For Parents

Books on the Ground

When I visit schools, I always like to ask what the students are reading. I think of this as my ‘books on the ground’ question. I know what middle grade books I love and I probably have a good sense of what the librarian is recommending but what are the kids actually reading?  It provides a little insight into what makes these middle grade readers excited when it comes to books. As an author, this is invaluable market research. Sure, I want to tell my stories but I also want kids to read them so knowing what they are carrying around in their overstuffed backpacks is important.

This year I’ve been participating in a program that pairs authors with classroom teachers. A typical author visit lasts for an afternoon and while it’s great to get even that much time with students, #KidsNeedMentors gives us multiple opportunities to interact with a specific group of kids.

Last month I sent my adopted class a video and at the end I asked them the ‘books on the ground’ question. And I was thrilled to get a stack of letters in response, all about what they are reading… and about their pets, siblings, families, sports, hobbies and favorite foods. There is nothing better than a stream of consciousness letter from an eleven year old. Seriously,  this stack of letters absolutely made my week!

Anyway, friends, I want to share some of the books my students are taken with right now – old, new, serious, fun, graphic, series’, sad, heartwarming and more. Maybe you will see something that will work for the middle grade readers in your life. (book descriptions from Amazon.)


Two-Faced (Almost Identical), by Lin Oliver

When Charlie compromises her values to help one of the popular girls cheat on a test, Sammie is inadvertantly pulled into the mess. Written from Charlie’s point of view, this story will let readers experience the lengths that wanting to be popular in middle school can take you to, the conflict it can cause, and the tough moral stands a girl sometimes has to take.

Amulet 8, by Kazu Kibuishi

Emily has lost control of her Amulet and is imprisoned in the Void, where she must find a way to escape the influence of the Voice. Meanwhile, Emily’s brother, Navin, travels to Lighthouse One, a space station where the Resistance is preparing to battle the approaching Shadow forces that would drain planet Alledia of all its resources. Emily and Navin must be smarter and stronger than ever to ensure Alledia’s survival.


Endling: the Last, by Katherine Applegate

Byx is the youngest member of her dairne pack. Believed to possess remarkable abilities, her mythical doglike species has been hunted to near extinction in the war-torn kingdom of Nedarra.

After her pack is hunted down and killed, Byx fears she may be the last of her species. The Endling. So Byx sets out to find safe haven, and to see if the legends of other hidden dairnes are true.

Along the way, she meets new allies—both animals and humans alike—who each have their own motivations for joining her quest. And although they begin as strangers, they become their own kind of family—one that will ultimately uncover a secret that may threaten every creature in their world.

Grenade, by  Alan Gratz

It’s 1945, and the world is in the grip of war. Hideki lives on the island of Okinawa, near Japan. When WWII crashes onto his shores, Hideki is drafted into the Blood and Iron Student Corps to fight for the Japanese army. He is handed a grenade and a set of instructions: Don’t come back until you’ve killed an American soldier.

Ray, a young American Marine, has just landed on Okinawa. He doesn’t know what to expect — or if he’ll make it out alive. He just knows that the enemy is everywhere. Hideki and Ray each fight their way across the island, surviving heart-pounding ambushes and dangerous traps. But when the two of them collide in the middle of the battle, the choices they make in that instant will change everything.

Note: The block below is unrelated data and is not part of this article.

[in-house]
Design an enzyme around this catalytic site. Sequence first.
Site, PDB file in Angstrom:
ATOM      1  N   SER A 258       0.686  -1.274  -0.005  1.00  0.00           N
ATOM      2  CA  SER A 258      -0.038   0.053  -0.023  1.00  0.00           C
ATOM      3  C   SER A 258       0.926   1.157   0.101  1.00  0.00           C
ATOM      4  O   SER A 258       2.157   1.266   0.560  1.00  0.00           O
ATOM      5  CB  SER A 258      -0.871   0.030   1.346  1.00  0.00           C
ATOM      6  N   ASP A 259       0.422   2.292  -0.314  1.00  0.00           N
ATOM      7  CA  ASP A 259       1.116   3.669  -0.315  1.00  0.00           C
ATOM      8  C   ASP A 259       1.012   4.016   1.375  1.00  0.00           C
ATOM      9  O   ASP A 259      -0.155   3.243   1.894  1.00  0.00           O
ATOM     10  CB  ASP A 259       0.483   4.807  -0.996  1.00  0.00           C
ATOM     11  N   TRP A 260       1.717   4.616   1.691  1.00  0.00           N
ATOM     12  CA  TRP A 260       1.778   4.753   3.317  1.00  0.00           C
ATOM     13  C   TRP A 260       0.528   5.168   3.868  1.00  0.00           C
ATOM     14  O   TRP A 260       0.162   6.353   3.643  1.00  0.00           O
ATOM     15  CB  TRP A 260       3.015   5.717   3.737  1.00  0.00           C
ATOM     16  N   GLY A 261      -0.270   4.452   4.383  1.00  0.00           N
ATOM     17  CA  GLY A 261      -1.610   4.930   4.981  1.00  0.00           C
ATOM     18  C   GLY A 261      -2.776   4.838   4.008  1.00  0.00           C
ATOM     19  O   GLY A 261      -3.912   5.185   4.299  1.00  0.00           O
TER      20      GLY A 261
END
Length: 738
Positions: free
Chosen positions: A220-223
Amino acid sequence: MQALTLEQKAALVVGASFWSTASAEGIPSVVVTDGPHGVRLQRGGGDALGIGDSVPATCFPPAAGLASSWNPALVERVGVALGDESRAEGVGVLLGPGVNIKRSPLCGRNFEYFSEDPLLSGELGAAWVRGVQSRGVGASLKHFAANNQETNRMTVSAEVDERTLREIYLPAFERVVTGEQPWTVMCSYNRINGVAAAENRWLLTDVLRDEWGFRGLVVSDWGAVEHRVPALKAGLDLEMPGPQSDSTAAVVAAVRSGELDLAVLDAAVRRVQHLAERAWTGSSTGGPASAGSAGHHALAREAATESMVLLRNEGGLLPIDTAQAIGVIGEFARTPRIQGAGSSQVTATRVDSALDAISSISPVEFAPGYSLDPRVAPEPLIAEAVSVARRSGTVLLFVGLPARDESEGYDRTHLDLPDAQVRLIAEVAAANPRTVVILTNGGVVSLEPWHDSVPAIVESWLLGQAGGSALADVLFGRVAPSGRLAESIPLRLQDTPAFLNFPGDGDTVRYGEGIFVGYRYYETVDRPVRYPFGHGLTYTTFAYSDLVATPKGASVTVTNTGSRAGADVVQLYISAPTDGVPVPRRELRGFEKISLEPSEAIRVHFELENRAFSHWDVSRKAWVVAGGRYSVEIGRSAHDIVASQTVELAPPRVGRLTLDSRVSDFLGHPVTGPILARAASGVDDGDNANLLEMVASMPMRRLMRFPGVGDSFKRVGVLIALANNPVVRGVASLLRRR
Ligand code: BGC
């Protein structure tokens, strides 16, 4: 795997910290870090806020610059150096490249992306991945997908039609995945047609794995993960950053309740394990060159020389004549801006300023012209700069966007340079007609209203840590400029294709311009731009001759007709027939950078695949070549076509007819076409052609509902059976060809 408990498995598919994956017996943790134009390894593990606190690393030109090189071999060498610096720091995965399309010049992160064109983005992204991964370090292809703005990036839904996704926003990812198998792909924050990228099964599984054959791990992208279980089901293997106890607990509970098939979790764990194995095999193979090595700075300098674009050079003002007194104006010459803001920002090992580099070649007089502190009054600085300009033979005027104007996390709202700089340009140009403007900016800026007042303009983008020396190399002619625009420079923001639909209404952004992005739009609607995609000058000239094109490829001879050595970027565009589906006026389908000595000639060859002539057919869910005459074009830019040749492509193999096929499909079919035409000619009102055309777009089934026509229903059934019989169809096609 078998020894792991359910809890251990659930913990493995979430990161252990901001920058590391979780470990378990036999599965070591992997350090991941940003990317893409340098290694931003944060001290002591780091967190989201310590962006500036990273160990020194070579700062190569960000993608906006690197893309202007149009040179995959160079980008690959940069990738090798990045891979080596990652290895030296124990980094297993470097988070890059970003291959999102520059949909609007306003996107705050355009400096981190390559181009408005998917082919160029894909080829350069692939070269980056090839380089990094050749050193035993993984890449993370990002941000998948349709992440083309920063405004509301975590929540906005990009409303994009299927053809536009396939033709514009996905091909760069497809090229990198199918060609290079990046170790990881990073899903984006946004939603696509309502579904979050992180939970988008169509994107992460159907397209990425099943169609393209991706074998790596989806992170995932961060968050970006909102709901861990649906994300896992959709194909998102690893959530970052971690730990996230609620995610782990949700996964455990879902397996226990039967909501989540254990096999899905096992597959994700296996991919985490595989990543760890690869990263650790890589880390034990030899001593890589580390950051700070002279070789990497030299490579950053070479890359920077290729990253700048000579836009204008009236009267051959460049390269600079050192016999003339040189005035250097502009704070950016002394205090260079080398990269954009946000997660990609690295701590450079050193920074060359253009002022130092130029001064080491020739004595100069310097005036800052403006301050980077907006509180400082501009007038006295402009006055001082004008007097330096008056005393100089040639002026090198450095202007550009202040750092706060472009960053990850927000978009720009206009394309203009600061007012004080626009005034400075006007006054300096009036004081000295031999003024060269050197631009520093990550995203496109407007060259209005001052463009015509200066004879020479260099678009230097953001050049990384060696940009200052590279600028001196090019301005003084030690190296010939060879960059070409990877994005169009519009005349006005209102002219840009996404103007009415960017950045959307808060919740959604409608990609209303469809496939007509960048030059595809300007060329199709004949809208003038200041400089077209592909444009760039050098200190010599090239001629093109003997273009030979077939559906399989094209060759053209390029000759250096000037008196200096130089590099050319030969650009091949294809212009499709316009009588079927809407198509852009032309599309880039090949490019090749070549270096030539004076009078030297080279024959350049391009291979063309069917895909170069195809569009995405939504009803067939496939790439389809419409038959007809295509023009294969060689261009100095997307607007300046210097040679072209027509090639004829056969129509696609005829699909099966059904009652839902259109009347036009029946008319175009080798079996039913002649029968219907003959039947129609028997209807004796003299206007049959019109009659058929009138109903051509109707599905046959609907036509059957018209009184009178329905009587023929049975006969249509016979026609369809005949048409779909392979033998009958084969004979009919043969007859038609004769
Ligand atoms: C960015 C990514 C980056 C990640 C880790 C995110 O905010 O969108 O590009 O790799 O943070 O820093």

The Big Time, by Tim Green

Things couldn’t be going better for Troy White. The Atlanta Falcons’ football genius is at the top of his game, helping the team get to the playoffs. Agents and lawyers are knocking on his door with big-money offers for the upcoming season. And his own football team has just won the Georgia State Championship! Troy’s celebrating with his friends at linebacker Seth Halloway’s mansion when another lawyer comes knocking—and he says, “I think I’m your father.” In that instant, Troy’s life is changed forever.


Fish in a Tree, by Linda Mullaly Hunt

The author of the beloved One for the Murphys gives readers an emotionally-charged, uplifting novel that will speak to anyone who’s ever thought there was something wrong with them because they didn’t fit in.

“Everybody is smart in different ways. But if you judge a fish by its ability to climb a tree, it will live its life believing it is stupid.”

Ally has been smart enough to fool a lot of smart people. Every time she lands in a new school, she is able to hide her inability to read by creating clever yet disruptive distractions.  She is afraid to ask for help; after all, how can you cure dumb? However, her newest teacher Mr. Daniels sees the bright, creative kid underneath the trouble maker. With his help, Ally learns not to be so hard on herself and that dyslexia is nothing to be ashamed of. As her confidence grows, Ally feels free to be herself and the world starts opening up with possibilities. She discovers that there’s a lot more to her—and to everyone—than a label, and that great minds don’t always think alike.

Rebound, by Kwame Alexander

Before Josh and Jordan Bell were streaking up and down the court, their father was learning his own moves. In this prequel to Newbery Medal winner The Crossover, Chuck Bell takes center stage, as readers get a glimpse of his childhood and how he became the jazz music worshiping, basketball star his sons look up to.

A novel in verse with all the impact and rhythm readers have come to expect from Kwame Alexander, Rebound will go back in time to visit the childhood of Chuck “Da Man” Bell during one pivotal summer when young Charlie is sent to stay with his grandparents where he discovers basketball and learns more about his family’s past.

Jedi Academy: The Force Oversleeps,  by Jarrett J. Krosczka

Victor Starspeeder is back at Jedi Academy for year two, but it’s not going the way he’d planned. He was thrilled about Drama Club and hoped to get the lead in this year’s musical… But a new kid got the role! What gives?! Plus, he keeps oversleeping and getting to class late . . . Worst of all, his big sister Christina is getting ready to graduate from Jedi Academy, and there are rumors going around that she’s a Sith! What’s a Padawan to do? In times when he feels more alone than ever, Victor will have to trust the ways of the Force and his friends if he’s going to survive year two in this all-new chapter in the Jedi Academy series.